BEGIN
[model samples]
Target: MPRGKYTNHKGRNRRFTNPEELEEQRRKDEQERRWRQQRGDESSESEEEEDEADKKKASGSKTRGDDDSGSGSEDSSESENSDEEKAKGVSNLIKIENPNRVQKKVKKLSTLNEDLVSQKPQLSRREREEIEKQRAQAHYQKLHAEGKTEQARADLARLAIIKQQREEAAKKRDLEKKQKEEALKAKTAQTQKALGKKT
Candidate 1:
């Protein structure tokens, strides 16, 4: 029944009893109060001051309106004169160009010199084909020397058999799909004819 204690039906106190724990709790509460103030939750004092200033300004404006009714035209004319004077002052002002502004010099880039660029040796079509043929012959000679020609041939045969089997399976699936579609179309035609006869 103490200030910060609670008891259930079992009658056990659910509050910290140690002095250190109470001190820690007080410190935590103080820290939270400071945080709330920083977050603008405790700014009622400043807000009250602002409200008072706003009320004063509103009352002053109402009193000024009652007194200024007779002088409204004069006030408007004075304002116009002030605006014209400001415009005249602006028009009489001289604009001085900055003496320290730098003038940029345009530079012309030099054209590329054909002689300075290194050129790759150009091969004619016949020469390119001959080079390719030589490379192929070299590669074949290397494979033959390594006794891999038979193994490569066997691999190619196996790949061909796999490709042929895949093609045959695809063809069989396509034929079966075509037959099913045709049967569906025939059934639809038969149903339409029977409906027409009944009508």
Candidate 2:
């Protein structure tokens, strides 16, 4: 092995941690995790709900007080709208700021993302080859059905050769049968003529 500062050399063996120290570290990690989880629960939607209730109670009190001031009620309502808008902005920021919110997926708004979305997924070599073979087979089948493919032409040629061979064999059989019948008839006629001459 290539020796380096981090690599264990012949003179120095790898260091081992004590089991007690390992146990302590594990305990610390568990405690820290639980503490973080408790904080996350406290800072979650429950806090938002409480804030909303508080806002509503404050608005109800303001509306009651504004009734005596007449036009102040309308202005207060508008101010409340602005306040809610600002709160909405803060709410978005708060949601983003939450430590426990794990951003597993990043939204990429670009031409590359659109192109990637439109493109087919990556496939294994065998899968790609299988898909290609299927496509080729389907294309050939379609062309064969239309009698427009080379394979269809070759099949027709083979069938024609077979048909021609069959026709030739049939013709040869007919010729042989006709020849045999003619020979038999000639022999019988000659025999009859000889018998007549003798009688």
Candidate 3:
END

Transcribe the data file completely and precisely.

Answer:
[model samples]
Target: MPRGKYTNHKGRNRRFTNPEELEEQRRKDEQERRWRQQRGDESSESEEEEDEADKKKASGSKTRGDDDSGSGSEDSSESENSDEEKAKGVSNLIKIENPNRVQKKVKKLSTLNEDLVSQKPQLSRREREEIEKQRAQAHYQKLHAEGKTEQARADLARLAIIKQQREEAAKKRDLEKKQKEEALKAKTAQTQKALGKKT
Candidate 1:
């Protein structure tokens, strides 16, 4: 029944009893109060001051309106004169160009010199084909020397058999799909004819 204690039906106190724990709790509460103030939750004092200033300004404006009714035209004319004077002052002002502004010099880039660029040796079509043929012959000679020609041939045969089997399976699936579609179309035609006869 103490200030910060609670008891259930079992009658056990659910509050910290140690002095250190109470001190820690007080410190935590103080820290939270400071945080709330920083977050603008405790700014009622400043807000009250602002409200008072706003009320004063509103009352002053109402009193000024009652007194200024007779002088409204004069006030408007004075304002116009002030605006014209400001415009005249602006028009009489001289604009001085900055003496320290730098003038940029345009530079012309030099054209590329054909002689300075290194050129790759150009091969004619016949020469390119001959080079390719030589490379192929070299590669074949290397494979033959390594006794891999038979193994490569066997691999190619196996790949061909796999490709042929895949093609045959695809063809069989396509034929079966075509037959099913045709049967569906025939059934639809038969149903339409029977409906027409009944009508």
Candidate 2:
């Protein structure tokens, strides 16, 4: 092995941690995790709900007080709208700021993302080859059905050769049968003529 500062050399063996120290570290990690989880629960939607209730109670009190001031009620309502808008902005920021919110997926708004979305997924070599073979087979089948493919032409040629061979064999059989019948008839006629001459 290539020796380096981090690599264990012949003179120095790898260091081992004590089991007690390992146990302590594990305990610390568990405690820290639980503490973080408790904080996350406290800072979650429950806090938002409480804030909303508080806002509503404050608005109800303001509306009651504004009734005596007449036009102040309308202005207060508008101010409340602005306040809610600002709160909405803060709410978005708060949601983003939450430590426990794990951003597993990043939204990429670009031409590359659109192109990637439109493109087919990556496939294994065998899968790609299988898909290609299927496509080729389907294309050939379609062309064969239309009698427009080379394979269809070759099949027709083979069938024609077979048909021609069959026709030739049939013709040869007919010729042989006709020849045999003619020979038999000639022999019988000659025999009859000889018998007549003798009688």
Candidate 3: